Now lets take an in-depth look at just how the lending institutions work. First, you must understand that 95% of all indirect lending institutions have what is known as “Field Reps” or Bank Relationship managers. These people are paid a base salary (that most people could not live on) then they get a commission per loan that the dealerships send to them for financing. Thus, you have the perfect storm once again self-inflected by the lending institutions.

So, lending institutions were sending employees into these dealerships to in essence “bribe” dealerships to send them more loans for approval. Well, let’s look at what happened once all of these bad credit car loans started to have customers default on the loans? First of all, the lending institutions started blaming the dealerships for these defaults. I know it sounds crazy but they really did. They aggressively approved all of these loans but when they went bad they started blaming certain dealerships.

Now why would they do that?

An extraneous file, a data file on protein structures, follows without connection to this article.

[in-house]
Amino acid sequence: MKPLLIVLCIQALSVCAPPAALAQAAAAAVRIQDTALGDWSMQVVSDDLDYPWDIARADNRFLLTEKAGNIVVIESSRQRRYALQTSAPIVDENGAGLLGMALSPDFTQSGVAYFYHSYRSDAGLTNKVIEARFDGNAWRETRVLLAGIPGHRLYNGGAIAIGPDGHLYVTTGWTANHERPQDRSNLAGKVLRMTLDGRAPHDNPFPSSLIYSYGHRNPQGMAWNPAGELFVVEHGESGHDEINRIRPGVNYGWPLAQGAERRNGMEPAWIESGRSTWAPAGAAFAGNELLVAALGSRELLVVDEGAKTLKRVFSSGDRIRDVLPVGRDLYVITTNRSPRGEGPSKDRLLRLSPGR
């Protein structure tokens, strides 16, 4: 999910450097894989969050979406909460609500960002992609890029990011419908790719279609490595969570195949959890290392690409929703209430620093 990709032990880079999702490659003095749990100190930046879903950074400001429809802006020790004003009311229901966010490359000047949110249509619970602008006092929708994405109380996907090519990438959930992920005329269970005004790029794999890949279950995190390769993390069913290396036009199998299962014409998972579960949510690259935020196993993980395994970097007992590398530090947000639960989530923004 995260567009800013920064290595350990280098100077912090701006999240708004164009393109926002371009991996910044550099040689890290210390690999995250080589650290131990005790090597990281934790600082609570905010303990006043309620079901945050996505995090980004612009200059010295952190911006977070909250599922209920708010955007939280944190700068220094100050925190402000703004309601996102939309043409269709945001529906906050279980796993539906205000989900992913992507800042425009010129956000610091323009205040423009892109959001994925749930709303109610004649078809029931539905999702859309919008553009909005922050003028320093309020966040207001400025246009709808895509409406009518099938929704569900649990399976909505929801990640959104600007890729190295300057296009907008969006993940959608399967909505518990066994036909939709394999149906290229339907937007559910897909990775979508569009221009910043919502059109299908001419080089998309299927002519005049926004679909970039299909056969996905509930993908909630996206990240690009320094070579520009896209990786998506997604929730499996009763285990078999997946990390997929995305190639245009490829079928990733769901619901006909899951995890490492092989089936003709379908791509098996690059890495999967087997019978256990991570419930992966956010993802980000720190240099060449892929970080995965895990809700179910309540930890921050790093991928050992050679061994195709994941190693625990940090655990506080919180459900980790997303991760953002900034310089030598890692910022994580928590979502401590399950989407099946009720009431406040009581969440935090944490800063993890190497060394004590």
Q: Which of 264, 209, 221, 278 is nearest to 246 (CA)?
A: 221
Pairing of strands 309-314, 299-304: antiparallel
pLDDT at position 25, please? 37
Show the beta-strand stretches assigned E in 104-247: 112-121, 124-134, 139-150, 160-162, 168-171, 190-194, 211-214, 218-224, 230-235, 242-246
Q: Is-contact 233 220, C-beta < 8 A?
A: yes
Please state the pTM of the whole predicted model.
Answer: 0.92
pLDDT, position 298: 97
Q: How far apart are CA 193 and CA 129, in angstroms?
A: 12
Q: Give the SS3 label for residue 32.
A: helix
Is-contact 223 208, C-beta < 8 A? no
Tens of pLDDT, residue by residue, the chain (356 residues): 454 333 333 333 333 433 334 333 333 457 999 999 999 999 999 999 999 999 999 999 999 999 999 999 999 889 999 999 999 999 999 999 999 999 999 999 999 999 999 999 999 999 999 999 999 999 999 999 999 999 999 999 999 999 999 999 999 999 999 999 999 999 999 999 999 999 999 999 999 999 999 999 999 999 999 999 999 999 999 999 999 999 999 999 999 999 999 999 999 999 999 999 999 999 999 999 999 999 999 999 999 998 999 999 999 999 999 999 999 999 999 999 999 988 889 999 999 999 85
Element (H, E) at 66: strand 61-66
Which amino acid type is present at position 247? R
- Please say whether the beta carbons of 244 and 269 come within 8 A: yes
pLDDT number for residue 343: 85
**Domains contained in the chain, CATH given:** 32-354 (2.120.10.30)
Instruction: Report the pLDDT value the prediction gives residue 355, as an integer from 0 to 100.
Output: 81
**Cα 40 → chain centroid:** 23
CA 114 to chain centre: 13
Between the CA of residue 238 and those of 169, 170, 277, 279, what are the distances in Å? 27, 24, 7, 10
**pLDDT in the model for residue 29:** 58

The answer is very simple. These fat cats wanted to keep their job, insurance, and retirement packages so when they started receiving heat from the powers to be. They started blaming the car dealerships for sending them loans that didn’t pay. Now in my house most families understand that if they approved a loan and charge a customer 29.99% interest rate then you would think that they would know the customers are most likely not going to all pay on time. By blaming the dealerships they started telling certain dealerships that they are going to have to pull their agreement and cannot do business with them. Let me explain what that means. If you have two dealerships side by side and a customer with bad credit walks into the first dealership and the banks will not conduct business with that dealership (because they send them bad customers) then they will turn that customer down for a loan. However, the same customer goes to the dealership next door and the banks are conducting business with them then they will approve that loan.